With the discovery of more than 5,000 confirmed exoplanets, astronomers understand more and more about what kinds of planets exist and why. But the data deluge has also thrown into relief the kinds of planets that don’t seem to exist. In particular, there is a steep decrease in the abundance of planets larger than approximately 3 Earth radii, a pattern nicknamed the “radius cliff.”
Current planet formation theories have struggled to explain why those planets can’t grow just a little bit bigger, but new research published in the Planetary Science Journal has shown how high-pressure, high-temperature chemical reactions might put a cap on planet growth.
“It’s exciting that [the researchers] start to probe the chemical interplay between potentially important species at the conditions inside these planets, which had previously only been modeled,” explained William Misener, a Ph.D. candidate investigating super-Earth and sub-Neptune atmospheres at the University of California, Los Angeles, who was not involved in the study.
Experimenting at High Temperatures and High Pressures
Missions like NASA’s Kepler and Transiting Exoplanet Survey Satellite have revealed a curious mystery: Planets 3 times Earth’s size are about 10 times more abundant than planets that are only slightly larger. These planets, called sub-Neptunes, carry most of their bulk in a thick, hydrogen-based atmosphere. The surface-atmosphere interface on those planets exists at much higher pressures and temperatures than those on Earth, and scientists still work to understand how chemical reactions at those extreme conditions can affect a planet at a larger scale.
Previous models have suggested that above a certain pressure at the base of the atmosphere, gases—especially hydrogen—begin to dissolve into magma, putting a strong brake on further growth. But little was known of how such a system would behave chemically. Hydrogen is a strong reducing agent, meaning it readily donates its electron to another element and reacts with it. The team hypothesized that under high pressure and high temperature, hydrogen could release iron out of iron oxides and produce water as a by-product.
In a first-of-its-kind experiment, researchers placed a thin foil of pressed metal oxides into tiny presses called diamond anvil cells. They filled the cells with molecular hydrogen gas to study what happens under the high-temperature, high-pressure conditions expected at the atmosphere–rocky core interface on sub-Neptunes.
High-pressure experiments are never trivial, but they’re even more challenging when hydrogen is involved. As the lightest element, hydrogen has a tendency to diffuse into the diamond anvil itself under high pressures and high temperatures. This can render experiments difficult to interpret or even damage the equipment. To avoid this complication, the new study used pulse heating instead of continuous laser heating.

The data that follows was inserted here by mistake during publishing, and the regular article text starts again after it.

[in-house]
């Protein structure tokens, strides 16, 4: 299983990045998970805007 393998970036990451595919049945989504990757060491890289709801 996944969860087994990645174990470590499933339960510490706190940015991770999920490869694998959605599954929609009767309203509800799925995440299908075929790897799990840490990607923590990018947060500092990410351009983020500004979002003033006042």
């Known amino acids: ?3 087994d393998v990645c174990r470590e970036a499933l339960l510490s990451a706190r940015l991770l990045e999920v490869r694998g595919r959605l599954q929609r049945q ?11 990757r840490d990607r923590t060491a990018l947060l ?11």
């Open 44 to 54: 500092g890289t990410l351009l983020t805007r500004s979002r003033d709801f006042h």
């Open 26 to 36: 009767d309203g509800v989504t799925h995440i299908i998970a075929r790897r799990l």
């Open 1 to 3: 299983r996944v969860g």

X-ray diffraction images from the experiment showed that hydrogen not only freed iron from its oxides but also reacted with it, forming an alloy. “The iron oxide is reduced to metal, and that can take up even more hydrogen,” said Harrison Horn, a postdoctoral researcher at Lawrence Livermore National Laboratory and lead author of the study.
That ability to sequester hydrogen, mostly as the iron-hydrogen alloy sinking into the metallic part of the core, could limit growth of an exoplanet’s atmosphere, resulting in the observed radius cliff.
Going After Silicates
This hydrogen sequestration could also allow sub-Neptunes with hydrogen-dominated atmospheres to turn into water-rich super-Earths. Astronomers think that this conversion of one type of planet to the other could explain a different pattern in exoplanet sizes called the “radius valley.”
“We normally think of water being on planets because they formed beyond the ice line or had delivery of water-rich materials…but this is a new mechanism of endogenous water formation,” said Horn.
Does hydrogen reacting with iron oxides explain the steep radius cliff completely? Not quite, but there are more ways hydrogen could interact with other materials to keep a sub-Neptune from growing and thus contribute to the radius cliff. The researchers behind the current study have also been using diamond anvil experiments to explore how hydrogen interacts with silicates under extreme pressures and temperatures.
“The silicates would provide an additional species for the hydrogen to reduce, and it will be interesting to see whether that alters where in the planet the hydrogen ends up,” said Misener.
Meanwhile, others have shown that an iron-nickel alloy can store even more hydrogen than iron alone, cementing the case for hydrogen as the likely culprit for the radius cliff.
—Julie Nováková (@Julianne_SF), Science Writer